by Michael Davidson
Is it possible to have a science of mind? Is science necessarily materialistic so that we can only ever have a science of brain? To answer this we need to understand what science is.
The English philosopher and statesman Francis Bacon (1561-1626) is sometimes credited as the “father of modern science” for his philosophical work, the “Instauratio Magna” (Latin: instauratio = to reform, to repair or renew; magna = great , hence the Great Restoration) which was only partially completed.
Bacon roundly condemned his predecessors: they have laid “down the law of nature as a thing already searched out and understood, [and] have therein done philosophy and the sciences great injury. For as they have been successful in inducing belief, so they have been effective in quenching and stopping inquiry.”
Bacon saw that the way the human mind is constituted makes rational enquiry and experiment difficult. We have a propensity to generalise too hastily. We accept data that agrees with our own ideas and dismiss data that does not. We use words that are too vague in meaning. We accept the dogmas of the various schools of philosophy without subjecting them to test.
It is time to reassert Bacon’s project, to roll back the tide of scientism that declares what is and what is not acceptable science, what can and what cannot be published on the grounds that we now know the laws of nature. This ‘scientific’ view declares that people are material objects subject to the same laws as the rest of the universe which we now thoroughly understand. Human beings are machines. There is no such thing as ‘free will’, it is a delusion foisted on us by electrochemical processes in the brain. But in that case how is it that we seem to have free will? Who or what is this ‘us’ that harbours such a delusion? How do electro-chemical impulses in the brain provide us with this rich perceptual world? Are we really the effect of our genes and upbringing – robots programmed to react in certain ways? Or is it the case that we really are agents, able to actually cause events?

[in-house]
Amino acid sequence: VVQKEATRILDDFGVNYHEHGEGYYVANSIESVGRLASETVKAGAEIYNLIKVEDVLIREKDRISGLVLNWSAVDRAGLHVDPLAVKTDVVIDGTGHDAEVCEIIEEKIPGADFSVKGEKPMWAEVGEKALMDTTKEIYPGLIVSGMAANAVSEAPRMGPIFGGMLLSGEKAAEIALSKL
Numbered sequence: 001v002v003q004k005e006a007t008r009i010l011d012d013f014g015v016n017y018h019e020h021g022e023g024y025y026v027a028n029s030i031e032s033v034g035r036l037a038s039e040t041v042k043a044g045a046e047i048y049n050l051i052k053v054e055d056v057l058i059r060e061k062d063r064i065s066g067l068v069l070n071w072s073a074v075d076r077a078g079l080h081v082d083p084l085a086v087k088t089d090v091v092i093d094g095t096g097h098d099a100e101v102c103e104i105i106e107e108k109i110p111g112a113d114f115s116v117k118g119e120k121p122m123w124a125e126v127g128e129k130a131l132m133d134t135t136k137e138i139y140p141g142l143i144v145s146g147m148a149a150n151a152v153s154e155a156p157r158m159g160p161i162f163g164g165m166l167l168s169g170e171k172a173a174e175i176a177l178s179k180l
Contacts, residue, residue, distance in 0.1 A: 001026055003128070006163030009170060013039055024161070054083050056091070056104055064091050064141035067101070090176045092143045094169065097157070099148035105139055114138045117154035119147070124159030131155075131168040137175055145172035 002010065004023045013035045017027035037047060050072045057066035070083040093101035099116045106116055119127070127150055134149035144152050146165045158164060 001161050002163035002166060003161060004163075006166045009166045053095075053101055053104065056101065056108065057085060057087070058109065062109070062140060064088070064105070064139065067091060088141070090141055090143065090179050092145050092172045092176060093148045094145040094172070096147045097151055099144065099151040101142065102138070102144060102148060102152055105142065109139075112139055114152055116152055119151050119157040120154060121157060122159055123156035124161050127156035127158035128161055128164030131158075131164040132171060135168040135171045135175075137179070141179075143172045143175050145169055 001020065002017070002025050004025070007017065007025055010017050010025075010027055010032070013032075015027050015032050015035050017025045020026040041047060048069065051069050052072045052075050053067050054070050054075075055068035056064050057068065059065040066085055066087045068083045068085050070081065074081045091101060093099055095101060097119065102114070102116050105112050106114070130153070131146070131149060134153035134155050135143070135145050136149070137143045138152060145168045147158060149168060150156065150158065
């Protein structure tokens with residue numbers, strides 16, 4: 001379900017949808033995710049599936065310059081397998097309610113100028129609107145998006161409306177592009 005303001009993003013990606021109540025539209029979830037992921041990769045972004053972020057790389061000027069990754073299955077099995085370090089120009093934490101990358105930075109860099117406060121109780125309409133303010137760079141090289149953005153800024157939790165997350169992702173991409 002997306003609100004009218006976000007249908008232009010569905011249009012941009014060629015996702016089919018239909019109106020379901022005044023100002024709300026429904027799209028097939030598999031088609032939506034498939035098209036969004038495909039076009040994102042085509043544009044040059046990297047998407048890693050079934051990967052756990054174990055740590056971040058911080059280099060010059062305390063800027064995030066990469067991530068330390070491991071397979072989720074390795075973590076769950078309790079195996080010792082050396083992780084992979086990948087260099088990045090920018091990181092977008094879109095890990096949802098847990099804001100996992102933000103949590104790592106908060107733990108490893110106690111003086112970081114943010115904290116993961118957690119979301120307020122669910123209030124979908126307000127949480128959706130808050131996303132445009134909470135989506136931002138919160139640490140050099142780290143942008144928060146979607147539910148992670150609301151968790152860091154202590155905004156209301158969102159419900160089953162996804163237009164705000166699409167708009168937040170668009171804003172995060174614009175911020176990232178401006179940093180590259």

My e-book “Rethinking the Mind” considers the evidence from multiple perspectives including the philosophy of mind, the sciences of physics, biology and neurology and the technologies of computers and psychiatry. I conclude that much of the ‘common knowledge’ in these subjects which describes human beings as physical objects whose thoughts are mere by-products of brain processes determined by the laws of physics and chemistry, is actually metaphysics masquerading as science.
A more considered approach requires a better understanding of what we mean by the word ‘science’, and an empirical approach to the phenomena of mind without insisting that the evidence should fit into some preconceived scheme.